Total RNA was extracted from tissues and cells with TRIzol reagent (Invitrogen/Thermo Fisher Scientific) following the manufacturer’s instructions. RT-qPCR was performed using a reverse transcription kit (Takara, Japan) and SYBR Green PCR Master Mix (Roche, Switzerland). RT-qPCR was performed on an ABI system (Applied Biosystems, USA). Primer sequences were as follows: IDE, 5’-GCCGCCGATCACAGCAGCAGGAG-3’ and 5’-CCCACAGACCGGTAGCCCAGGAT-3’; FADD, 5’-GCCGCGCCTGGGGAAGAAGAC-3’ and 5’-GCAAAGCAGCGGCCCATCAGGA-3’; β-actin, 5’-CATCGAGCACGGCATCGTCA-3’ and 5’-TAGCACAGCCTGGATAGCAAC-3’. All data are represented as the means of the fold change from triplicate analyses and normalized to β-actin.

Western blotting (WB)

Liver samples were taken from the mice and snap-frozen in liquid N2 and then stored for subsequent protein extractions. The tissue samples and cells were lysed in ice-cold lysis buffer for 30 min. The supernatant was boiled with Laemmli sample buffer for SDS-PAGE. Antibodies were sourced as follows: anti-FADD (1:500) (Abcam); anti-IDE (1:500), anti-SIRT1 (1:1,000), anti-β-actin (1:2,000), and anti-GAPDH (1:2,000) (Santa Cruz Biotechnology); HRP goat-anti-mouse IgG (1:3,000), HRP goat-anti-rabbit IgG (1:3,000), and HRP rabbit-anti-goat IgG (1:1,000) (Jackson ImmunoResearch Europe)


Livers obtained from the euthanized mice were fixed in 10% phosphate-buffered formalin and embedded in paraffin, and then 5-µm-thick sections were stained for routine histology. For immunohistochemical staining, the liver sections and primary hepatocytes were immunostained with anti-IDE antibody (1:300) (Santa Cruz Biotechnology) and visualized with DAB (Shenzhen Fumax Technology). From immunofluorescence staining, the expression levels of CK-18 and FoxO1 were detected. An immunofluorescence assay was used to detect the localization of cells with anti-FoxO1 antibody (1:1,000) (Cell Signaling Technology) and the identification of the primary hepatocyte cells with anti-CK-18 (1:1,000). Alexa Fluor 488-conjugated anti-rabbit IgG antibody and anti-mouse IgG antibody (1:1,000) (Invitrogen/Thermo Fisher Scientific) were used as secondary antibodies. Nucleic DNA was stained with 4,6-diamidino-2-phenylindole (DAPI) (Sigma-Aldrich). Images were then visualized with an Axiophot 2 microscope (Zeiss, Germany). Cells climbing to the carry sheet glass were stained according to the instructions of the PAS kit (Nanjing JianCheng Bioengineering Institute, China). Briefly, cell slides were washed with phosphate-buffered saline (PBS) three times. Primary hepatocytes were stained for 10 min for glycogen detection. After being rinsed under running water for 5 min, the cell slides were then stained for 10 s using the other reagent and then washed under running water again. The cell slides were sealed after drying. Periodic acid-Schiff (PAS)-positive glycogen was stained red or purple-red with blue nuclei. Images were then visualized with an Axiophot 2 microscope.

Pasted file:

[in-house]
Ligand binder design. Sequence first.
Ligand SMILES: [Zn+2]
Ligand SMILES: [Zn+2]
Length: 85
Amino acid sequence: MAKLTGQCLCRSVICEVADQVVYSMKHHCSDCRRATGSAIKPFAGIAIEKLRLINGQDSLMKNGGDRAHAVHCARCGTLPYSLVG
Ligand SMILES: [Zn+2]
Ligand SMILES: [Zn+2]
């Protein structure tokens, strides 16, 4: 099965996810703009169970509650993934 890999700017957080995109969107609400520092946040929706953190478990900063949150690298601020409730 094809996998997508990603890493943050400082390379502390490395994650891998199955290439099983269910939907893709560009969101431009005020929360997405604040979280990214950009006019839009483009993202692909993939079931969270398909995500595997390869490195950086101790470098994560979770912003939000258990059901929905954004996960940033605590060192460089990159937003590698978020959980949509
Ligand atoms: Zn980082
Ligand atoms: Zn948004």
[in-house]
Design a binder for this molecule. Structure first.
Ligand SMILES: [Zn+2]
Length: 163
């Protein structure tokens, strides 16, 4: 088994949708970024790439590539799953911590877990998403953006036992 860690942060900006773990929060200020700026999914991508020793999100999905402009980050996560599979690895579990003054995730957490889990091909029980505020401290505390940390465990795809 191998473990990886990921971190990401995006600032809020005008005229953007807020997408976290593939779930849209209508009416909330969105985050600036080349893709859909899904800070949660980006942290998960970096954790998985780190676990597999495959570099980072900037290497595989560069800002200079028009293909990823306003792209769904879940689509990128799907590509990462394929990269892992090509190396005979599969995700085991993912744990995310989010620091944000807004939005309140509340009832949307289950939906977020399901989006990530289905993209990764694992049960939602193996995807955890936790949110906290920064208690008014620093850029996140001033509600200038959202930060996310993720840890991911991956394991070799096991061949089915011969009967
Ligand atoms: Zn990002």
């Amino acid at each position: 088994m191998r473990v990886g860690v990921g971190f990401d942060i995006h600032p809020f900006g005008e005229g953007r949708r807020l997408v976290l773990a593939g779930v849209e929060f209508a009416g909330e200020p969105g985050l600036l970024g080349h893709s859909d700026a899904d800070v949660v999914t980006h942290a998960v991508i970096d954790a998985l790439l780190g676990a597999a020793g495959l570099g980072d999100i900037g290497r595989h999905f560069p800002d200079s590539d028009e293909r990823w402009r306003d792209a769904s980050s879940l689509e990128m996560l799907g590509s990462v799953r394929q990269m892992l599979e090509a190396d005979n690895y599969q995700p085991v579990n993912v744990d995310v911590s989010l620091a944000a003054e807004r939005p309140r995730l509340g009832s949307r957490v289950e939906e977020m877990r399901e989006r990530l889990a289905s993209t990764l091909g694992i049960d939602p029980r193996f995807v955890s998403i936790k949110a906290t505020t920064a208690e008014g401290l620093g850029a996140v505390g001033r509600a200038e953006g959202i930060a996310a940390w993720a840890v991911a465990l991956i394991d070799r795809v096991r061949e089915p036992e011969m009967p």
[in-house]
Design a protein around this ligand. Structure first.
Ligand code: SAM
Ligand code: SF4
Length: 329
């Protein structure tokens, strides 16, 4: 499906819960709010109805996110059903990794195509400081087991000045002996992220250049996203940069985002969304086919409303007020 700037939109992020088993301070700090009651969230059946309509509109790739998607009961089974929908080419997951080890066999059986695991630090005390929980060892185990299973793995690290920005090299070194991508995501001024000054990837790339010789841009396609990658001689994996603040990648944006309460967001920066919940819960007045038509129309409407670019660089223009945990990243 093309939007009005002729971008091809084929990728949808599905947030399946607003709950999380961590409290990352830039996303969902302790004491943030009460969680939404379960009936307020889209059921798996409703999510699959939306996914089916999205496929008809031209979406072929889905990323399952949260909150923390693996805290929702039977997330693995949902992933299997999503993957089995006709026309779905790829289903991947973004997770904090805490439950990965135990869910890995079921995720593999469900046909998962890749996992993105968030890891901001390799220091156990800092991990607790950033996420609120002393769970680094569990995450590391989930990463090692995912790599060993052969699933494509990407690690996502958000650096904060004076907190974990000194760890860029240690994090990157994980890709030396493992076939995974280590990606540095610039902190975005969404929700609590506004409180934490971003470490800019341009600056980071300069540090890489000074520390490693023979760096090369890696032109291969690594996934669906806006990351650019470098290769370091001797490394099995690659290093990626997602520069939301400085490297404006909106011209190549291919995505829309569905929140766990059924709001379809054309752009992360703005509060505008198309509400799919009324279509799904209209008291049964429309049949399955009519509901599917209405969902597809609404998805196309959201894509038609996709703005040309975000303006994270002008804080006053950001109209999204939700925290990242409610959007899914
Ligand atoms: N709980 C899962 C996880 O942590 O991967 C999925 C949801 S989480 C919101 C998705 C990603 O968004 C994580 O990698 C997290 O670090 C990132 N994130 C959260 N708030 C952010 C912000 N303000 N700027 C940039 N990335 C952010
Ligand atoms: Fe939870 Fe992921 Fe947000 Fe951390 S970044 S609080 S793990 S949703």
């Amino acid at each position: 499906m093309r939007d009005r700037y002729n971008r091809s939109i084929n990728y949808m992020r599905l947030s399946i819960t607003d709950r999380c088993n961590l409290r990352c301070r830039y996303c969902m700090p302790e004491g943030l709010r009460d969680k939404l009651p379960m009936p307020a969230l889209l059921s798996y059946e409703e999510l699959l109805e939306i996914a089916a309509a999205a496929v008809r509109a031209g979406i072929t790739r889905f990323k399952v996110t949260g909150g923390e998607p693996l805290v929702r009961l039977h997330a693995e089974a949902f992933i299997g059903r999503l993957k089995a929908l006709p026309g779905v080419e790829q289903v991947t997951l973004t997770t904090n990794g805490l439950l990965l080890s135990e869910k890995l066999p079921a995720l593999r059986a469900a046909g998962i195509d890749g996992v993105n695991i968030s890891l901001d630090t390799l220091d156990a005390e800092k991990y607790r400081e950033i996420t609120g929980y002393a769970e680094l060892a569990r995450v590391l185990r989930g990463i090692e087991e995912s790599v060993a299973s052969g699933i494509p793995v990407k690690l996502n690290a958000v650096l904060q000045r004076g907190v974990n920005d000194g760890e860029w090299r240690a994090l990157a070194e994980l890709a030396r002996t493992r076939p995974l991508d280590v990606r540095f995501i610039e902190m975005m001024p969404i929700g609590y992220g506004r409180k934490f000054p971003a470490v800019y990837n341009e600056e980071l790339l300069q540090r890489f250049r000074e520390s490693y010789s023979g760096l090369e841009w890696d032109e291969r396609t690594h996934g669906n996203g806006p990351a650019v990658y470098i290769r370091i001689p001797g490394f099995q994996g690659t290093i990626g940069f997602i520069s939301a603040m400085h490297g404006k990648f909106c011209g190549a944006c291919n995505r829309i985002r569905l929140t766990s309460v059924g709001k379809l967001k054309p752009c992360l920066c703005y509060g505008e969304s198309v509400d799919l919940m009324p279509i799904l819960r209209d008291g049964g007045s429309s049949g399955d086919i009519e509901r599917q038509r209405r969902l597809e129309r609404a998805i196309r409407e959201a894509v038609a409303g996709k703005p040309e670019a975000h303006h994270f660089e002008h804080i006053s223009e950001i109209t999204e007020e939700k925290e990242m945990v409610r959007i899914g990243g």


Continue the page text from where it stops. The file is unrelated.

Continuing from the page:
Statistical analysis

Data are presented as the mean ± SEM. Differences between two groups was analyzed by two-tailed Student’s t-test using GraphPad Prism 6.0 (GraphPad Software, USA). Values were considered statistically significant at P < 0.05.


Genotyping of FADD-D mice

The construction of the mouse model was described in detail in our previously published paper (Hua et al., 2003). As shown in Fig. 1, the correct bands for the FADD-Neo gene and TgD gene were amplified except for the FADD-Endo gene in FADD-D mice, while the correct bands for the FADD-Endo gene were amplified except for the FADD-Neo gene and the TgD gene in WT mice. The results indicated that the FADD-Endo gene had been knocked out completely, suggesting that FADD-D mice were the target mice for our subsequent study.

Identification of the primary hepatocytes